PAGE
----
- Ashley Fox
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There is an undeclared war raging in Dallas.
It is obvious. Listen to the comments. Read between the lines. It is all there.
And it could get really ugly for head coach Jason Garrett if the Dallas Cowboys fail, again, to make the playoffs.
Last month, the Cowboys' all-purpose czar, Jerry Jones, bequeathed Garrett a fourth season in Dallas, saying that Garrett would definitely be back as head coach in 2014. But that was before the Week 15 collapse against the Packers. That was before the finger-pointing and shirking of responsibility and Garrett not taking one for the team. That was before the war.
Call it the War of 37-36.
What's transpired in the minutes and days since the Cowboys blew a 23-point halftime lead and lost to Green Bay is the result of Jones having slowly stripped Garrett of control over his team. Jones is the one who selected the roster. Jones is the one who picked the defensive coordinator, Monte Kiffin. Jones is the one who handed the play-calling duties to offensive coordinator Bill Callahan.
Jones is the one who felt the defensive line was talented enough and deep enough that the Cowboys could trade down in the 2013 draft and forgo selecting Florida defensive tackle Sharrif Floyd. Jones is the one who decided to release Jeremiah "Jay" Ratliff. The defensive line was supposed to be a position of strength for the Cowboys. Instead, 19 different linemen have played this season and the defense as a whole has been atrocious.
And Jones is the one who guaranteed Romo involvement in the weekly game planning and mentioned that part of justifying paying him like a Super Bowl MVP was his Peyton Manning-like involvement.
It is understandable that Garrett has had enough. He must be livid. He is coaching a team over which he has little say and less control and he must know, given his 28-26 record and zero playoff appearances, that time is against him.
Why else would he throw quarterback Tony Romo under the bus following the Green Bay loss? With 2 minutes, 46 seconds left in the game and the Cowboys clinging to a five-point lead, Romo emerged from a timeout, looked at the nine Packers defenders at or near the line of scrimmage and did what he's been taught over and over to do: check out of the run play and throw to a receiver.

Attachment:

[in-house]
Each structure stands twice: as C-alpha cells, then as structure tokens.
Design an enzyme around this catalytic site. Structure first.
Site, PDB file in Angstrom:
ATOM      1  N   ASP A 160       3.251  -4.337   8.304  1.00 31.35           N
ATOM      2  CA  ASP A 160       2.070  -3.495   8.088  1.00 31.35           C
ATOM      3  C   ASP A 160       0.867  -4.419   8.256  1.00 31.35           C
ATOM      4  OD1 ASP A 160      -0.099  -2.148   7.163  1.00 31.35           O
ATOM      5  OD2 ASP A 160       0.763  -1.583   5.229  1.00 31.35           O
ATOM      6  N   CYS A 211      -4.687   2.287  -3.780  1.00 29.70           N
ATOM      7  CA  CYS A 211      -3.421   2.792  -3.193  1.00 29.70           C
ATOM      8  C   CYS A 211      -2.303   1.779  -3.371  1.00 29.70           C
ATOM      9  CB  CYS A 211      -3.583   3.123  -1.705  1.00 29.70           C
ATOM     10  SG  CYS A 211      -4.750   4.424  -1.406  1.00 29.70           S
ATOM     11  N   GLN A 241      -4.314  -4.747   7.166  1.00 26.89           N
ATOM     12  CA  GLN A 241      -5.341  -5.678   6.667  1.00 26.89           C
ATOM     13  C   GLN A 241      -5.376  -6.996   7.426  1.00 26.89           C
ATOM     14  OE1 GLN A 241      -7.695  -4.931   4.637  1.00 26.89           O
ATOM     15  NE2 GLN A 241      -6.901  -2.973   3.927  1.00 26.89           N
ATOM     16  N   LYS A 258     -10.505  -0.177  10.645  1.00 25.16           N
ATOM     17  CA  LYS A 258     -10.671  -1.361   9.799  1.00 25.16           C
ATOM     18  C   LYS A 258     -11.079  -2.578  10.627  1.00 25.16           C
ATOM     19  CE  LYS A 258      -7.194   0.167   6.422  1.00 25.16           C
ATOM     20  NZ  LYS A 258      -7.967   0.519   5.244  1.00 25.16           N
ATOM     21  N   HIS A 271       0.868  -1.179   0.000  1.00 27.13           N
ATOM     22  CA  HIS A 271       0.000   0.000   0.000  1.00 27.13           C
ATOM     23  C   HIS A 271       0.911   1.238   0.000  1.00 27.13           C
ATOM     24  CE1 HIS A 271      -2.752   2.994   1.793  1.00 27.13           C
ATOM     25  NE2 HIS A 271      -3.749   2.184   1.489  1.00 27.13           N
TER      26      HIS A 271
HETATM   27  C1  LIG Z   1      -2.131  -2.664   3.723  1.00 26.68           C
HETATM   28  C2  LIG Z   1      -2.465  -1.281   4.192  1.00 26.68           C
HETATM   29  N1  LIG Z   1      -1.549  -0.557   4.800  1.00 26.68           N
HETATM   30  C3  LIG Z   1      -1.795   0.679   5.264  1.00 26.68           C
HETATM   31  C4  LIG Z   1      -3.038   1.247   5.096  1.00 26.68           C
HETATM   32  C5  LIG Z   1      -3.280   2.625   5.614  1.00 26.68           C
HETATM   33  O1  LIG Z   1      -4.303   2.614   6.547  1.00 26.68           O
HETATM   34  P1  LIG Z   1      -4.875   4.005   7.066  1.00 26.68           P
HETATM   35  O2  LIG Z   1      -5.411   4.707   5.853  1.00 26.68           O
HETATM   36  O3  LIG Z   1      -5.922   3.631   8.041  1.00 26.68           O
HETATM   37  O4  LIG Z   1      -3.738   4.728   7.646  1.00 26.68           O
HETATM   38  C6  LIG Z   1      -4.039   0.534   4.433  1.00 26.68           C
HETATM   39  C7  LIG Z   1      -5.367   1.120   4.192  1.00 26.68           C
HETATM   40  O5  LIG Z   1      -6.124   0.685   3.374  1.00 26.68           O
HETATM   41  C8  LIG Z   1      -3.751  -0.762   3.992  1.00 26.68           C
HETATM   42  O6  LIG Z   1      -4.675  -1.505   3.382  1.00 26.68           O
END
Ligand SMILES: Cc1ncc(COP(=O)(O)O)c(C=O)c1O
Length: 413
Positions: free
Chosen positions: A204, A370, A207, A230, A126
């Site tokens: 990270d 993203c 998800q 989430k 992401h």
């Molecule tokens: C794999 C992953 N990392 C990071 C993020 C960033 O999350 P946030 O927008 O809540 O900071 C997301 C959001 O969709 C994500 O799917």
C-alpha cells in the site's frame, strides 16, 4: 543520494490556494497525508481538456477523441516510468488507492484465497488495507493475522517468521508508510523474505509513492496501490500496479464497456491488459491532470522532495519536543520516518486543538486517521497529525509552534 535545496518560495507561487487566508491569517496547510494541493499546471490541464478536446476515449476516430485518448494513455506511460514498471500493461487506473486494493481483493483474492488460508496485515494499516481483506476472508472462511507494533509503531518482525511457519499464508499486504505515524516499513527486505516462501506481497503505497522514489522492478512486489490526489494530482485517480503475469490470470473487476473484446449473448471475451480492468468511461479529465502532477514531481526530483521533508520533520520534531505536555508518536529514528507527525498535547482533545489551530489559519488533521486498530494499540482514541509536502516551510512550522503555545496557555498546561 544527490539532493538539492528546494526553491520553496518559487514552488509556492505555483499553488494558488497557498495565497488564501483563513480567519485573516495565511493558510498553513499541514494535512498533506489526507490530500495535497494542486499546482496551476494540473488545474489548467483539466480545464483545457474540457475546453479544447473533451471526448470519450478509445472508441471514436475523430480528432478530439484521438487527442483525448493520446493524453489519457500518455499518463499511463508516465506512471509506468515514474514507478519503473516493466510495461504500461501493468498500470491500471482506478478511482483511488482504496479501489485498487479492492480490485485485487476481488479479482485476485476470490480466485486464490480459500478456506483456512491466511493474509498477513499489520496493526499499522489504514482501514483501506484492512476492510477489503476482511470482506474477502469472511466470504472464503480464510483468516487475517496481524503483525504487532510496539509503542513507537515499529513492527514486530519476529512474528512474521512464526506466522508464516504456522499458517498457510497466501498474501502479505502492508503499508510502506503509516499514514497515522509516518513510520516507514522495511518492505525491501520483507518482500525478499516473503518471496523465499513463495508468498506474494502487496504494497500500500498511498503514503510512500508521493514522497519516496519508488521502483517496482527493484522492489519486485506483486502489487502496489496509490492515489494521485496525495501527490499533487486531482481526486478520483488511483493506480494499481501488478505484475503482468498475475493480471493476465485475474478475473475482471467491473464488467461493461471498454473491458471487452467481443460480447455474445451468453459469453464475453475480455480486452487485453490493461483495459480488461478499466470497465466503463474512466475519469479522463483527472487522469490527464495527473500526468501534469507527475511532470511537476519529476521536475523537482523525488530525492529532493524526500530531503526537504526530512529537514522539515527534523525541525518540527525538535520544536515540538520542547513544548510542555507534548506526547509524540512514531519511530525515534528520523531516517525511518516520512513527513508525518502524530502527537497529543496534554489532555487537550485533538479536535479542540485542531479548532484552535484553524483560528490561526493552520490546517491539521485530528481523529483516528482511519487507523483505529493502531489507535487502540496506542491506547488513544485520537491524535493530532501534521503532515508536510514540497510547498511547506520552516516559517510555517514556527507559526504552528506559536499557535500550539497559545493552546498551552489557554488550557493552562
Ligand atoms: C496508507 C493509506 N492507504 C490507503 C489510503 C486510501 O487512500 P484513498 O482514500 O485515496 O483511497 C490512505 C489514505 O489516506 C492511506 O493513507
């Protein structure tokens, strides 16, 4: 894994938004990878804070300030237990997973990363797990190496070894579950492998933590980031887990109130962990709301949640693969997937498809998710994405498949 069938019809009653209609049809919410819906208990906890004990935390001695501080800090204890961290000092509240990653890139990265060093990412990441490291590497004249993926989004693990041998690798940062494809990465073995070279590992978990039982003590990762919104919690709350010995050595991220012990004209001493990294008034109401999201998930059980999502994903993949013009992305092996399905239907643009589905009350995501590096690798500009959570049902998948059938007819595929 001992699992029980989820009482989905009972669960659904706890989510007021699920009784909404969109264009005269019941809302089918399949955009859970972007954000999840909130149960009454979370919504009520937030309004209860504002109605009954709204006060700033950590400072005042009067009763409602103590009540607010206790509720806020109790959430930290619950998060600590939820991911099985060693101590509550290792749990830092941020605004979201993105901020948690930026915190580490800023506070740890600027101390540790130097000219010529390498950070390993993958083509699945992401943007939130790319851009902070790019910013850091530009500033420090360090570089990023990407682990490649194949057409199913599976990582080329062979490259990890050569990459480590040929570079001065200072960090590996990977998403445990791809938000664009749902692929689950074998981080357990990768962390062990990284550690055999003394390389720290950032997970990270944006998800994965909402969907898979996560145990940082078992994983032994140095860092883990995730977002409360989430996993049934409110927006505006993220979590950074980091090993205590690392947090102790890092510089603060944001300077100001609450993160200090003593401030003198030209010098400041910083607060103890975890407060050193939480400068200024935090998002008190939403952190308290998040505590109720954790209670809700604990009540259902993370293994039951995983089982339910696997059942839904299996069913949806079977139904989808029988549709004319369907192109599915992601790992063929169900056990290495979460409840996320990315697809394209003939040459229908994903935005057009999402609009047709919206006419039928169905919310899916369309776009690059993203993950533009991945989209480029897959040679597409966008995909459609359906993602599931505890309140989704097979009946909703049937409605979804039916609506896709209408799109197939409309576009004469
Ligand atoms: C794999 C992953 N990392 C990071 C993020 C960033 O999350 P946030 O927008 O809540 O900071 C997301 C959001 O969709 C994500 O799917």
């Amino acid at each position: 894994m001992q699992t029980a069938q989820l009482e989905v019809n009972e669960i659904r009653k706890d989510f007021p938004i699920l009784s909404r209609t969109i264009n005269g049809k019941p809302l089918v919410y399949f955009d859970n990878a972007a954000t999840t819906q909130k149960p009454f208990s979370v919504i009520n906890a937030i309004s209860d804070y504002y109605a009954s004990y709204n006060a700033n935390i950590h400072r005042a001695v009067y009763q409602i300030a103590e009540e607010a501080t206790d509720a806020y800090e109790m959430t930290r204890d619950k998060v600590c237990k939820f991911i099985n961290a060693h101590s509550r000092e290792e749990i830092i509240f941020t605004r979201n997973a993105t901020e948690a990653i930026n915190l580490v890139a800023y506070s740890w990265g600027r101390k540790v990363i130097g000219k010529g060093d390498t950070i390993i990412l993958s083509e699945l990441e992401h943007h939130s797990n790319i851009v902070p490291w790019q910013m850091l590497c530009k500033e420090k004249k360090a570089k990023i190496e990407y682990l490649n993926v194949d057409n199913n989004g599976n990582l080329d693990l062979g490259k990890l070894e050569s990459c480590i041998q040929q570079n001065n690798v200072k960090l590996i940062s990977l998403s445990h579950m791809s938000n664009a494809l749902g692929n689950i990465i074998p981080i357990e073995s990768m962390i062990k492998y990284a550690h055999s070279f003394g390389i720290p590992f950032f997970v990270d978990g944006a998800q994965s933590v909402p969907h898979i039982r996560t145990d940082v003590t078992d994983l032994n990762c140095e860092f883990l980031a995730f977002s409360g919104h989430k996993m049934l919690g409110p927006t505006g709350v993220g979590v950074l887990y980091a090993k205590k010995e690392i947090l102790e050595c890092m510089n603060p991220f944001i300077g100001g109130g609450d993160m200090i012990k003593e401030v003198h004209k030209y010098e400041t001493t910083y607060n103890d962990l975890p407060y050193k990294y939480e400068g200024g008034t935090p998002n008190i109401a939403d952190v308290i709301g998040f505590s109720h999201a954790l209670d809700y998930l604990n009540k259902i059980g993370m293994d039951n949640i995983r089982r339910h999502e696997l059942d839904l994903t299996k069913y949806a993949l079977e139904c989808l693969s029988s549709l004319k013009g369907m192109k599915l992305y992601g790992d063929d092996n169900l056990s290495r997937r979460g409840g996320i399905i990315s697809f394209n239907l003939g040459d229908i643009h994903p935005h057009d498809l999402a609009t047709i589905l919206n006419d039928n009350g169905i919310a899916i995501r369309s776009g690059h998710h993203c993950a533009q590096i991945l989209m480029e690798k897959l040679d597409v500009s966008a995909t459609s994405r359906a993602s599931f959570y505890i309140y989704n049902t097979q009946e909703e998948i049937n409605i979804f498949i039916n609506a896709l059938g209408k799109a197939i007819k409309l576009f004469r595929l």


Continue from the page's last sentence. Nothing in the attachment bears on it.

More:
Romo evaded a charging Clay Matthews, never set his feet and underthrew Miles Austin. Sam Shields intercepted the ball, and eight plays later the Packers took the lead. On the Cowboys' next possession, Romo threw another pick. Game over.
Afterward, Garrett uncharacteristically said Romo should have never thrown the ball to Austin. He said under no circumstance in that situation should Romo have checked out of the run play, even though the play had a tag that allowed Romo to change to a pass depending on the defensive alignment.
Garrett didn't take responsibility, either, for DeMarco Murray getting only seven carries in the second half after Murray gouged Green Bay for 93 first-half yards. He didn't take responsibility for one stretch of the second half where, despite the Cowboys having a sizable lead, Romo dropped back 14 of 15 times.
Instead, Garrett reminded everyone that he doesn't call the plays. Callahan does -- the way Jones wanted it to be.
Jones returned fire on his radio show Tuesday, backing Romo and his decision to throw on that second-and-6 play from the Dallas 35-yard line. Perhaps most telling, Jones refused to offer Garrett a vote of confidence. Now isn't the time for that, Jones said, even though November was, previously. If Garrett does feel like his job is slipping away from him, there remarkably is still time for him to alter his course. While he doesn't call the plays, he still has direct communication with Romo on every play. He could change calls. He could take control.
That's what Garrett should have done against the Packers. Everyone at Jerry World, except, apparently, the Cowboys coaching staff, knew that the surest way to protect the lead and win the game was to control the clock by running the ball. Dallas' best defense would have been to keep the offense on the field and the clock moving.
If presented with a similar situation Sunday against Washington, Garrett should demand that Callahan call running play after running play after running play. If Callahan refuses, Garrett should usurp him and call the plays himself.
Dallas can still win the NFC East. If the Cowboys beat Washington -- and let's face it, as dysfunctional as Dallas is, Washington and its three-headed monster are more so -- it doesn't matter what Philadelphia does against Chicago. The Cowboys-Eagles game in Week 17 will determine who wins the division and who watches the playoffs from home.
Garrett is in a precarious position. He knows he has a reputation for being a lousy game manager. He knows his quarterback has a history of making bad decisions late in games in December and January. Garrett needs to wrest control and put Romo in situations where he and the team can succeed.
If he doesn't, it won't matter at whom he points the finger, because ultimately Jones will point his at Garrett. The czar will always win this war, and the quarterback will not be collateral damage. The head coach will be.
If Jason Garrett wants to save his job and the Cowboys' season, he needs to take control, writes Ashley Fox.